too much stuff chasing too few $$'s
too many people over extended regarding credit so
FEWER purchasing $$'s going forward as credit tightens.
money in the hands of the rich is NOT SPENT!!!
it is simply a means to making more money via the stock market.
MAIN STREET suffers but things will get CHEAPER!!! as margin compression
overtakes all product and service arena.
DEFLATION will be followed by some form of hyper inflation as the fed
over reacts. ultimate outome? either a severe move toward socialism(freebies)
or civil unrest.
Socialism— the Millennials have gotten a rotten deal with massive student loans, low salaries, expensive unaffordable homes, etc.
They will vote for higher taxes to pay for National Health Insurance/socialized Medicine and subsidized College tuition. And also gun control.
firstinsnow profile picture
Rising interest rates really hurt the struggling middle class,
when they are enacted in a hurried manner.
Just look at your credit card interest rates, as they have
been trending upward at an alarming pace.
There is no reason for this rush to increase the Federal
Reserve interest rates, except to pump up the already more
than solvent large banks.
Less is more for all.
"Rising interest rates really hurt the struggling middle class"

Yes, I agree that the interest rates for well-qualified middle-income home buyers should be less than interest rates for corporations borrowing to buy back stock, or for very large buyers of stocks who buy on margin.

Any ideas on how to implement that, when the corporations, big banks, CEOs, managers, make hefty campaign donations that help elect presidents and congress-persons?
Although the author doesn’t actually say it, I think he’s predicting inflation. Correct?
He says it, but puts the words in two different places.

To clarify, put the punchline first:

"As volatility in the financial markets increases, it is my prediction that...


...consistent with their policy course over the current bull market."

And put the earlier question second:

"Will the Federal Reserve...

...get behind the curve [= "undershoot their projected tightening schedule"], PROVIDING A SPARK FOR INFLATION,

...or will they engineer a deflationary bust?"

If their is Fuel & Oxygen around [demand for goods & services with access to credit], then the Spark [continued relatively-easy credit] will ignite the Inflation Furnace.
"I think he’s predicting inflation"

My perspective is that we have actually had considerable "inflation", just not in the form the Fed has been looking for.

Instead of the easy credit inflating the general economy, it has inflated the stock market (partly via buybacks) to very high valuations and high PE's (relative to the GDP & general economy & overall wages).

[NOTE: In this context, the GDP DOES need to be adjusted for balance between U.S. and global contributions to profits of U.S. listed companies.]

Not much inflation into the general economy up to now, because foreign labor has remained cheap (keeps prices down), automation & productivity have advanced (keeps prices down), and unions are too weak (compared to the old days) to get wage hikes commensurate with corporate profit gains.

[Also, here's much overlooked change since 60's & 70s:

Two incomes per household is much more common now, which helps conceal/offset lack of commensurate wage gains for MC wage earners.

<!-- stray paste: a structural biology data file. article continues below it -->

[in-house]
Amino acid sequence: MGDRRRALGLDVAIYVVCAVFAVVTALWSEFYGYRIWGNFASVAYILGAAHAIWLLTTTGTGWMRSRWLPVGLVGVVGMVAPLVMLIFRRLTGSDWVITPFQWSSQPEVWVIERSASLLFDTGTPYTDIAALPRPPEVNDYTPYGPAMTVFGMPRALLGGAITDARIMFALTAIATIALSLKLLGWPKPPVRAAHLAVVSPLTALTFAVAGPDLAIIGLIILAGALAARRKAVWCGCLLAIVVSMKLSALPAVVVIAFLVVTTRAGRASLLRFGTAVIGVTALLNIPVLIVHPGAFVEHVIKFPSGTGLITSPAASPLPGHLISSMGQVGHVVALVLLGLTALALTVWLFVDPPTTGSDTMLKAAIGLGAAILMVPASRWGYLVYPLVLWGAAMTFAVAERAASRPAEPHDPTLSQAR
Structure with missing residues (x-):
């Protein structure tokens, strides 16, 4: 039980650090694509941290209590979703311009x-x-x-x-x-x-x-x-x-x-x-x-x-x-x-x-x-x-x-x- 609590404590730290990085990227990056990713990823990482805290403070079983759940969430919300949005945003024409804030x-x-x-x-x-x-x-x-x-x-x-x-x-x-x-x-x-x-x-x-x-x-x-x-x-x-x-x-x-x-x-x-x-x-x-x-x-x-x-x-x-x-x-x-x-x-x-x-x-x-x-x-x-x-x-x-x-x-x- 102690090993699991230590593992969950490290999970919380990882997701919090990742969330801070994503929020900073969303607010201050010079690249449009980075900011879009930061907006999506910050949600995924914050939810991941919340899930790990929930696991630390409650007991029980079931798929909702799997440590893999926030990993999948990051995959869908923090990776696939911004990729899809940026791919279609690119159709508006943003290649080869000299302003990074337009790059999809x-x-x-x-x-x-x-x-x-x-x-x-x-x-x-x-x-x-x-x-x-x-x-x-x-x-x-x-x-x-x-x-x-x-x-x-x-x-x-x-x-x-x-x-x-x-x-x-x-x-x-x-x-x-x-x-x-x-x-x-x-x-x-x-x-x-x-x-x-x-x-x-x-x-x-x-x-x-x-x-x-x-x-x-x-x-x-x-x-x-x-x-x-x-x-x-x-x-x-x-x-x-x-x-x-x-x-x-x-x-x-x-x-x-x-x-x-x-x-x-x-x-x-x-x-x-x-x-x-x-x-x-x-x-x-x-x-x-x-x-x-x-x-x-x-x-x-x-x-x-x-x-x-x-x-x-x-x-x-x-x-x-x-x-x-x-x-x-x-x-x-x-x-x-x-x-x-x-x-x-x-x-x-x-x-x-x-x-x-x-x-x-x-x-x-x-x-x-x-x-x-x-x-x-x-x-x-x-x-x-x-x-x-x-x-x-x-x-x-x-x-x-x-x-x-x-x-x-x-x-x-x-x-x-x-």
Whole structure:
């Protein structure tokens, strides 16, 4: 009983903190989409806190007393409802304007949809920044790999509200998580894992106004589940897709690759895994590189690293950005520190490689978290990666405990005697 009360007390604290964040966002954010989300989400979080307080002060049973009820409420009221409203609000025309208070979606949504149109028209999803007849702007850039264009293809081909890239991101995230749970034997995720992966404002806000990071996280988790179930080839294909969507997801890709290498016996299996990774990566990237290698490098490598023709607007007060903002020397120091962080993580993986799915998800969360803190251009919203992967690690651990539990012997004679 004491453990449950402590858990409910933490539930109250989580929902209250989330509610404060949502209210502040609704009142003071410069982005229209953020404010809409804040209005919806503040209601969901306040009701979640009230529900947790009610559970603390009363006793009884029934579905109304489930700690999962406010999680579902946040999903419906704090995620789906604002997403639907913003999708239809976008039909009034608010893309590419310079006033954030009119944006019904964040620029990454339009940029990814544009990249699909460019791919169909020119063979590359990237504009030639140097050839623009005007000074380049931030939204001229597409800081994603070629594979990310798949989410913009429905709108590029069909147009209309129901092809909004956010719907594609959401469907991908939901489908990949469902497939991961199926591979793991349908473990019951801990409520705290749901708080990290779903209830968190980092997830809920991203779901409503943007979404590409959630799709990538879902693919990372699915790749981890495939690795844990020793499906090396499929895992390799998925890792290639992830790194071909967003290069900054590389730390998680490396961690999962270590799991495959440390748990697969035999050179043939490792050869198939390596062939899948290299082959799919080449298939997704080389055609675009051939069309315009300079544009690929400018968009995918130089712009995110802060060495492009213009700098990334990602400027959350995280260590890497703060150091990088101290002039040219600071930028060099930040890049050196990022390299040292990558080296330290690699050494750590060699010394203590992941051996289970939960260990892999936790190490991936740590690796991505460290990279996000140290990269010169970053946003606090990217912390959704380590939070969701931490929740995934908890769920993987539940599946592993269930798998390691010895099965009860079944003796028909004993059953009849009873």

A head of household in the 60s/70s was commonly the sole wage earner and made enough working at a quality-job/unionized factory to support the whole family.]

If everybody owned stocks (as a significant portion of their net worth and income), and the inflation index factored in exceptional rises in the stock valuation [when stocks as a whole rose far above a GDP-based "reasonable valuation"] -- the inflation goals of the Fed might have been exceeded some time ago.
10Y rates will peak at around 3.25%.
From there rates will be pulled down by gravity to Germany & Japan and the declining
Dividends seekers will rock & roll.
You cannot make money on an old 78 record, or dividends from radio stations.
You have to be on the road.
You have to perform in your own show.
Inflation as a usual
In europe, people have a lot of money, so deflationary collapse is out of the question in my mind. Inflation all the way.
Which sin is worse? A slow rise seems a better sin than fast.
In my opinion, the Fed will never willingly accept deflation because asset price devaluation would result in banking system insolvency. Even the Fed isn't big enough to counteract that once banks begin to fail and confidence is shattered. Deflation was essentially abolished by the Fed in the 70s after decades of cyclical inflation and deflation. The result is massive structural imbalances that would tip the world into an unimaginable crisis if deflation were ever allowed to occur. This is why the new definition of price stability is 2% inflation, a notion that could never stand against the simplest test of logic. A dust up is coming...the big question is whether or not the Fed and its inflation loving savants can pull another inflationary rabbit out of their Bullwinkle magic hat.
The sin was enabling credit expansion so far beyond what the economy can service. The hard choices that could/should have been made long ago are no longer viable solutions. Now we live in a permanent state of monetary experimentation from which no path of escape exists. This is my opinion but there are dozens of people with better educations and more experience than myself who share it. I like Powell and think he's the best Fed chair we've seen since Volcker...problem is he arrived 20 years too late.
Gosh, Oh My! profile picture
Once CD Rates for one year are 3℅ the stock markets will go south hard!